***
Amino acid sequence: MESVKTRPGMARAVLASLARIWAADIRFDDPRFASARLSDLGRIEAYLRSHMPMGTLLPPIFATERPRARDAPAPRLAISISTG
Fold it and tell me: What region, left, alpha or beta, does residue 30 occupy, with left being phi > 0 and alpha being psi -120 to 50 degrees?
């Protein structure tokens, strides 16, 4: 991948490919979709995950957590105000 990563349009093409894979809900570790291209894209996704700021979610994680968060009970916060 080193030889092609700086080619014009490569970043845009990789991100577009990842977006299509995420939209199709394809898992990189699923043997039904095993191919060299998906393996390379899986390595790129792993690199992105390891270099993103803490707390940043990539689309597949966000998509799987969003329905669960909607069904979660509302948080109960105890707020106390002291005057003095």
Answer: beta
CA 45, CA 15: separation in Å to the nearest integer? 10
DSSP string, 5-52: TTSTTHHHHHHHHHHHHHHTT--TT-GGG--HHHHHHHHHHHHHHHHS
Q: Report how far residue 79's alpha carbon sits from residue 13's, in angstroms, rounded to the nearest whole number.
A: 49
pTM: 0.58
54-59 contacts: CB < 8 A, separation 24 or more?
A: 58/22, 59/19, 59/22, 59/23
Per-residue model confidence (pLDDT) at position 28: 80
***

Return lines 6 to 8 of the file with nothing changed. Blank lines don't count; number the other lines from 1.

DSSP string, 5-52: TTSTTHHHHHHHHHHHHHHTT--TT-GGG--HHHHHHHHHHHHHHHHS
Q: Report how far residue 79's alpha carbon sits from residue 13's, in angstroms, rounded to the nearest whole number.
A: 49